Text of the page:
It’s estimated that 22,000 qualified women have not returned to work in the engineering sector after a career or maternity break. This is a massive loss to the industry, and a loss we cannot afford to have when we are facing such a big skills gap. Losing women in the industry is not only a loss in terms of skill, but it cuts ties that women have within the local community, schools and with parents/influencers that can be vital further down the line.
National Women in Engineering Day, which takes place next Wednesday, highlights the opportunities available for women in engineering. The day takes place at a time when it has never been more important to address the engineering skills shortage.
According to latest research from the National Specialist Contractors Council, the number of specialist contractors struggling to recruit skilled labour is at its highest level in 14 years.
I spoke to one employer who has been looking to recruit someone for six months. There are plenty of people out of work looking for jobs, but none seem to have the adequate skills required for the available roles.
Encouraging women into engineering careers will increase diversity and inclusion as well as filling the substantial future job opportunities that have been predicted for our sector. We are expecting more jobs, so it’s important to ensure we have skilled employees to fill them, and it would be a bonus if some of them were women.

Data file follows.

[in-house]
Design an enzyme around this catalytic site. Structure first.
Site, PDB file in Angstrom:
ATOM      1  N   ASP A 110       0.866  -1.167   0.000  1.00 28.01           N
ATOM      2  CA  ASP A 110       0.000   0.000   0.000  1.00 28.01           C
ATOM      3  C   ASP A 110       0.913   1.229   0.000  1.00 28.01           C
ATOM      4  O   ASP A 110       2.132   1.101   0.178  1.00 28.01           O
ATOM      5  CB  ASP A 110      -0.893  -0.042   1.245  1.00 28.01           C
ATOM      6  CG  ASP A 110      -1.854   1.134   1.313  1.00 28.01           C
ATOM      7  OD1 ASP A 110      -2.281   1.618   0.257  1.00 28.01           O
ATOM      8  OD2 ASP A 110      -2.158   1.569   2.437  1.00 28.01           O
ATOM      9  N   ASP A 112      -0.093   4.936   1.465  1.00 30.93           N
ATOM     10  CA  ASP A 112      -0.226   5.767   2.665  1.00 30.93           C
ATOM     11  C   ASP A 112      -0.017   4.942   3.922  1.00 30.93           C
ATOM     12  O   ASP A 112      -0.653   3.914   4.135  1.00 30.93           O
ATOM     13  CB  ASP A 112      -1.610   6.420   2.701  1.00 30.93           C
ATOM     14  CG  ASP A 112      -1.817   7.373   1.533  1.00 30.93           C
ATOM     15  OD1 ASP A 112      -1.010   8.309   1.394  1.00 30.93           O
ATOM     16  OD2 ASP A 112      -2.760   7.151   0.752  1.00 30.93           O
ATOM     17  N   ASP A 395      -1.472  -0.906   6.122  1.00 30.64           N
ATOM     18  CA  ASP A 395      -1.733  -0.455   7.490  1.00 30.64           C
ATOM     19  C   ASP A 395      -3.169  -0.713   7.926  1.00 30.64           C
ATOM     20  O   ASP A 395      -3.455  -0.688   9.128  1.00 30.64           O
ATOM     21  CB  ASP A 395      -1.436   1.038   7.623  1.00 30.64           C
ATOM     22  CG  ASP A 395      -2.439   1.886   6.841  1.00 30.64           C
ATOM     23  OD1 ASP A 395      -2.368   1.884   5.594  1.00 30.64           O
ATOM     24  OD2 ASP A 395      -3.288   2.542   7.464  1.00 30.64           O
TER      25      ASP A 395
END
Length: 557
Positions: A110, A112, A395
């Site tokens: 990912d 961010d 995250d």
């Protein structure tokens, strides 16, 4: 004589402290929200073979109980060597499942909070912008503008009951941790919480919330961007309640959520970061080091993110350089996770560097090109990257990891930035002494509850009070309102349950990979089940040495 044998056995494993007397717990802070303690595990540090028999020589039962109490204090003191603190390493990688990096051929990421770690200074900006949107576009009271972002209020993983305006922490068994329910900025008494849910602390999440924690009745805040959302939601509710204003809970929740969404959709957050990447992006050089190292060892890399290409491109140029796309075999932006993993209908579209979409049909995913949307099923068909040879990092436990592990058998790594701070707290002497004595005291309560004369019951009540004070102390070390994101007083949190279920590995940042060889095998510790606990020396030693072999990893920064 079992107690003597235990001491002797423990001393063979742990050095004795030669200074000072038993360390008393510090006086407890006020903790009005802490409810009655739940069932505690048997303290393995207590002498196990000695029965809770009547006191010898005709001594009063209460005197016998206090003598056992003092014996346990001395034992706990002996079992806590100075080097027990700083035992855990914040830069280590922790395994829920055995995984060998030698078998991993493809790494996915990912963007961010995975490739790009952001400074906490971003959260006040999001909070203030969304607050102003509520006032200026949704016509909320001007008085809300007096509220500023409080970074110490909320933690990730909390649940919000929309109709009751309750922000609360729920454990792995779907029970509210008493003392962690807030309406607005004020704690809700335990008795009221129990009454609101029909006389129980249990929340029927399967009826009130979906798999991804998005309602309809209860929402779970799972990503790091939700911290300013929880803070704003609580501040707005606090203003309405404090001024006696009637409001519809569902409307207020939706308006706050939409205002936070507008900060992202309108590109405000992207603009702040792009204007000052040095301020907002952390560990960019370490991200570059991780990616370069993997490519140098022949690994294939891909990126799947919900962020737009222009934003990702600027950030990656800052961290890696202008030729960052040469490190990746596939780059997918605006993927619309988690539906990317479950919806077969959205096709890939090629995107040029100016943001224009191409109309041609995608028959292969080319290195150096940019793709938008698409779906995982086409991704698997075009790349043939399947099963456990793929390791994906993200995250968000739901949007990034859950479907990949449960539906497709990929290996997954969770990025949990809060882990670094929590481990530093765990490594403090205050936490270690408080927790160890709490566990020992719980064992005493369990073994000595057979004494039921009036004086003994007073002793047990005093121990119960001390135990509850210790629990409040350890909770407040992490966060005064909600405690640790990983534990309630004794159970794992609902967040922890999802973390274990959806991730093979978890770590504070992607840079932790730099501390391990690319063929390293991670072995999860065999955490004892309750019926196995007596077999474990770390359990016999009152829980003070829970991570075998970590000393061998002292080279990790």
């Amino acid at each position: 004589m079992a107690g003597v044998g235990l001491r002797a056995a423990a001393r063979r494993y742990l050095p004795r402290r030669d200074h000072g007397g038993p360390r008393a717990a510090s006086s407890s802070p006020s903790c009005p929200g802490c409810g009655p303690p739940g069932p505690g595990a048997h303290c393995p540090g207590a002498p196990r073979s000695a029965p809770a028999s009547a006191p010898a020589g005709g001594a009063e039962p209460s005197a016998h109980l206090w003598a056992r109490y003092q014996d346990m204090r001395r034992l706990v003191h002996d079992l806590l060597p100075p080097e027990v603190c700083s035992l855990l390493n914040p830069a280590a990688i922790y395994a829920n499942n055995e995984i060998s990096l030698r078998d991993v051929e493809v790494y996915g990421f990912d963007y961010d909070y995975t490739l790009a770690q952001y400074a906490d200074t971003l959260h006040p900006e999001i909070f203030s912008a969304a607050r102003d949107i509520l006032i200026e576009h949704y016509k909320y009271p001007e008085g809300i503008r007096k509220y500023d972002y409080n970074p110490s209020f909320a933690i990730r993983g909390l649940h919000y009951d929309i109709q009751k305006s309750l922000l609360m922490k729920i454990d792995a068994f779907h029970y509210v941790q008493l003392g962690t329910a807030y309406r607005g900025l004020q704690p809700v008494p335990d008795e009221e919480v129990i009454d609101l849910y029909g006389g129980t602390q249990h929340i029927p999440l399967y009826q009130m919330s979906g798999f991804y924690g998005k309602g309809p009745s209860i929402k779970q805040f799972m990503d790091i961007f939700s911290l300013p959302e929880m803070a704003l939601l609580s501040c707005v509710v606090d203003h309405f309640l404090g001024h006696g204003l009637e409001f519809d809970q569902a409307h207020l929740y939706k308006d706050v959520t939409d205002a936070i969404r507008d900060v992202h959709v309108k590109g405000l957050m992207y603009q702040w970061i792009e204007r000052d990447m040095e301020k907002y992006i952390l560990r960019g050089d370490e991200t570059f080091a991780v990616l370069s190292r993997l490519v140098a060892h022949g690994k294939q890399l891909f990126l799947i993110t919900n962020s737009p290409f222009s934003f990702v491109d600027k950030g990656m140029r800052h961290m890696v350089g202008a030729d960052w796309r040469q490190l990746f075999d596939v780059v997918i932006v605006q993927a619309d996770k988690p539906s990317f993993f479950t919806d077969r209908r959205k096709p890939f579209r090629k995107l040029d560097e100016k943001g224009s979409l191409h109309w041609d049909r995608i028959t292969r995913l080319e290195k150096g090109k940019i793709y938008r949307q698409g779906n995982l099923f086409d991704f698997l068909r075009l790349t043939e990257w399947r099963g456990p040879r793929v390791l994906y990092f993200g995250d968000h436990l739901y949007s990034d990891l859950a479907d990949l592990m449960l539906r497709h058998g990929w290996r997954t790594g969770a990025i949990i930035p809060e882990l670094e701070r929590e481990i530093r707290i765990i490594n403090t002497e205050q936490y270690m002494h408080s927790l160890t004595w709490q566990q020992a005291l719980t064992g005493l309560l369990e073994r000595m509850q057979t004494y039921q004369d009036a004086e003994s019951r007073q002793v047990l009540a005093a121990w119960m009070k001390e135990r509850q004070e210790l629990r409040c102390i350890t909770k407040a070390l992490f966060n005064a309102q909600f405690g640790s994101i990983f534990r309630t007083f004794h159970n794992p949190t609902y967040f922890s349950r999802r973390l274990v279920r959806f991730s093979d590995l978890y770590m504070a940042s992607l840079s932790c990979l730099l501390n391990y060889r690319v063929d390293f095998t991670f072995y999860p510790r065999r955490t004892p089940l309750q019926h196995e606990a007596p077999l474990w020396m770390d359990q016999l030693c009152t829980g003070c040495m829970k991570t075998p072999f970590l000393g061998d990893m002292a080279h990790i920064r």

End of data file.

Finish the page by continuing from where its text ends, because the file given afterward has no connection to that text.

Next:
The Construction Industry Training Board (CITB) last year predicted around 180,000 new jobs will be needed nationally up to 2019, and at least 2,000 will be here in the North East.
Thankfully, the likes of Balfour Beatty and Carillion have already pledged their support saying that by 2016, 30 per cent of individuals on their apprenticeship and cadet programmes will be women and 40 per cent of undergraduate sponsorship opportunities will be offered to women.
It’s great to see some big industry organisations taking a well overdue stance on educating and recruiting. I’ve said many times that I felt we needed to up our game when it came to encouraging women into the industry, and it’s good to see some steps in the right direction.
Recruiting more women is only the first step, but it is important that talented women are nurtured and encouraged to stay – the retention of any skilled employee will result in more benefits for the company.
Today’s newsletter includes an article from Xsite Architecture, Surgo Construction along with a full list of forthcoming events
Health and safety is relevant to all businesses, but it is particularly important in the construction industry.
Businesses tend to focus on safety rather than health. There have been big improvements and preventions put in place recently to reduce the number of construction related injuries, although health issues still continue to affect workers.
Those working in the construction industry make up only five per cent of UK workers; however they make up 27 per cent of work related fatality cases and 10 per cent of major injuries in the workplace.
The main health risks relating to construction work range from; cancer to work related stress and asbestos. The Health and Safety Executive estimates that past exposures in the construction sector annually cause over 5,000 occupational cancer cases and 3,700 deaths. The most significant cause of these cancers is asbestos.